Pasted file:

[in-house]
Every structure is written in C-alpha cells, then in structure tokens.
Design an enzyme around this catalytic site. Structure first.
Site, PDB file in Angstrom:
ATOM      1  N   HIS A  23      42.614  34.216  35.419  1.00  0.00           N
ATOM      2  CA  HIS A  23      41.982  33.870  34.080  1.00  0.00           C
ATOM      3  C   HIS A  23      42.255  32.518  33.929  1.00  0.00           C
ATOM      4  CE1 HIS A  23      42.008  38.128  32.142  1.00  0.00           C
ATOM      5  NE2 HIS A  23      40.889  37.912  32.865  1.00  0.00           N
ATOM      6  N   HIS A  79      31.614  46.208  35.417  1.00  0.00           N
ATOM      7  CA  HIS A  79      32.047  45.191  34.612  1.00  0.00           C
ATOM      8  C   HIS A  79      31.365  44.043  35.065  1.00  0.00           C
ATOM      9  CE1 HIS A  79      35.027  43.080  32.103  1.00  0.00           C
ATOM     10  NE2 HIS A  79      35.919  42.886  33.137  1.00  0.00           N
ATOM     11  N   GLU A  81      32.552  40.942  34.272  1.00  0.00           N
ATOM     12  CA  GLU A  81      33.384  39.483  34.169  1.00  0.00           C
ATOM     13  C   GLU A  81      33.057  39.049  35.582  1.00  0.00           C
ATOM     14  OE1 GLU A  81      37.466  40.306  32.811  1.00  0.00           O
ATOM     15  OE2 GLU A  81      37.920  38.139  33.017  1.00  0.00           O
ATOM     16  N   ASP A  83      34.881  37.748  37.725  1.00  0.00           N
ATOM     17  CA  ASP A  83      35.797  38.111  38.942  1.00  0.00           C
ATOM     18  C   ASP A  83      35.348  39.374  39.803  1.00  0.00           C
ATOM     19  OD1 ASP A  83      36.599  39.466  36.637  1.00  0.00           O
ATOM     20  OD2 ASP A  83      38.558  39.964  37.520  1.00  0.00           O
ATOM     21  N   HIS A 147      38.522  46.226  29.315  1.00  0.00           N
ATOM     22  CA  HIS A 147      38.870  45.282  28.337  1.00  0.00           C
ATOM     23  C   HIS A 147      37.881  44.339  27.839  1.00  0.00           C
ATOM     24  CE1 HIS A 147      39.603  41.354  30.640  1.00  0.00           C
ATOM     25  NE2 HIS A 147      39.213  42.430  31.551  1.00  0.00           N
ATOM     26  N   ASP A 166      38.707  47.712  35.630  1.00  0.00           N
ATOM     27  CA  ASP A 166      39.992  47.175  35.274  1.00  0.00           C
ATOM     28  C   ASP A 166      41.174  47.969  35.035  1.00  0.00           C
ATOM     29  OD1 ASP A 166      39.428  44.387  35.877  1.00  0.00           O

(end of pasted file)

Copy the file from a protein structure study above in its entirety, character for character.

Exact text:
[in-house]
Every structure is written in C-alpha cells, then in structure tokens.
Design an enzyme around this catalytic site. Structure first.
Site, PDB file in Angstrom:
ATOM      1  N   HIS A  23      42.614  34.216  35.419  1.00  0.00           N
ATOM      2  CA  HIS A  23      41.982  33.870  34.080  1.00  0.00           C
ATOM      3  C   HIS A  23      42.255  32.518  33.929  1.00  0.00           C
ATOM      4  CE1 HIS A  23      42.008  38.128  32.142  1.00  0.00           C
ATOM      5  NE2 HIS A  23      40.889  37.912  32.865  1.00  0.00           N
ATOM      6  N   HIS A  79      31.614  46.208  35.417  1.00  0.00           N
ATOM      7  CA  HIS A  79      32.047  45.191  34.612  1.00  0.00           C
ATOM      8  C   HIS A  79      31.365  44.043  35.065  1.00  0.00           C
ATOM      9  CE1 HIS A  79      35.027  43.080  32.103  1.00  0.00           C
ATOM     10  NE2 HIS A  79      35.919  42.886  33.137  1.00  0.00           N
ATOM     11  N   GLU A  81      32.552  40.942  34.272  1.00  0.00           N
ATOM     12  CA  GLU A  81      33.384  39.483  34.169  1.00  0.00           C
ATOM     13  C   GLU A  81      33.057  39.049  35.582  1.00  0.00           C
ATOM     14  OE1 GLU A  81      37.466  40.306  32.811  1.00  0.00           O
ATOM     15  OE2 GLU A  81      37.920  38.139  33.017  1.00  0.00           O
ATOM     16  N   ASP A  83      34.881  37.748  37.725  1.00  0.00           N
ATOM     17  CA  ASP A  83      35.797  38.111  38.942  1.00  0.00           C
ATOM     18  C   ASP A  83      35.348  39.374  39.803  1.00  0.00           C
ATOM     19  OD1 ASP A  83      36.599  39.466  36.637  1.00  0.00           O
ATOM     20  OD2 ASP A  83      38.558  39.964  37.520  1.00  0.00           O
ATOM     21  N   HIS A 147      38.522  46.226  29.315  1.00  0.00           N
ATOM     22  CA  HIS A 147      38.870  45.282  28.337  1.00  0.00           C
ATOM     23  C   HIS A 147      37.881  44.339  27.839  1.00  0.00           C
ATOM     24  CE1 HIS A 147      39.603  41.354  30.640  1.00  0.00           C
ATOM     25  NE2 HIS A 147      39.213  42.430  31.551  1.00  0.00           N
ATOM     26  N   ASP A 166      38.707  47.712  35.630  1.00  0.00           N
ATOM     27  CA  ASP A 166      39.992  47.175  35.274  1.00  0.00           C
ATOM     28  C   ASP A 166      41.174  47.969  35.035  1.00  0.00           C
ATOM     29  OD1 ASP A 166      39.428  44.387  35.877  1.00  0.00           O